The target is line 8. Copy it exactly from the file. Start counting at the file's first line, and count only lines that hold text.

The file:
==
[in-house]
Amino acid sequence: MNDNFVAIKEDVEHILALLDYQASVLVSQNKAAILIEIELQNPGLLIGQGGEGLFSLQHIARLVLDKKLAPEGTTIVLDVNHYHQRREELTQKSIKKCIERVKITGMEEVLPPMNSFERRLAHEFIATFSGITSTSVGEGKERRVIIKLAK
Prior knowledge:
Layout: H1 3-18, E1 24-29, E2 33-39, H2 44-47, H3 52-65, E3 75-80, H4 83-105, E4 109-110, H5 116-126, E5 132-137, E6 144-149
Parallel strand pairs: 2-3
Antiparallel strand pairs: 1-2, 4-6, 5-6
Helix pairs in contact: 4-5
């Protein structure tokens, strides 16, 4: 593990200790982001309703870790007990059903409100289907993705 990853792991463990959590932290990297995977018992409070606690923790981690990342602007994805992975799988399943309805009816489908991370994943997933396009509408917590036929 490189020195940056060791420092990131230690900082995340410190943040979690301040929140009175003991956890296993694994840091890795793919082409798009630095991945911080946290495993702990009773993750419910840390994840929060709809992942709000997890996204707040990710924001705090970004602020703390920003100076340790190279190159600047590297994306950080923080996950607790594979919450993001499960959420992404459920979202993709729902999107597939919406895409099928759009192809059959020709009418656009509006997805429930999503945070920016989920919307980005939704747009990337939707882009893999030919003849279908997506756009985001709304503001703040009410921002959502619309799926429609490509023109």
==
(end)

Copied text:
């Protein structure tokens, strides 16, 4: 593990200790982001309703870790007990059903409100289907993705 990853792991463990959590932290990297995977018992409070606690923790981690990342602007994805992975799988399943309805009816489908991370994943997933396009509408917590036929 490189020195940056060791420092990131230690900082995340410190943040979690301040929140009175003991956890296993694994840091890795793919082409798009630095991945911080946290495993702990009773993750419910840390994840929060709809992942709000997890996204707040990710924001705090970004602020703390920003100076340790190279190159600047590297994306950080923080996950607790594979919450993001499960959420992404459920979202993709729902999107597939919406895409099928759009192809059959020709009418656009509006997805429930999503945070920016989920919307980005939704747009990337939707882009893999030919003849279908997506756009985001709304503001703040009410921002959502619309799926429609490509023109």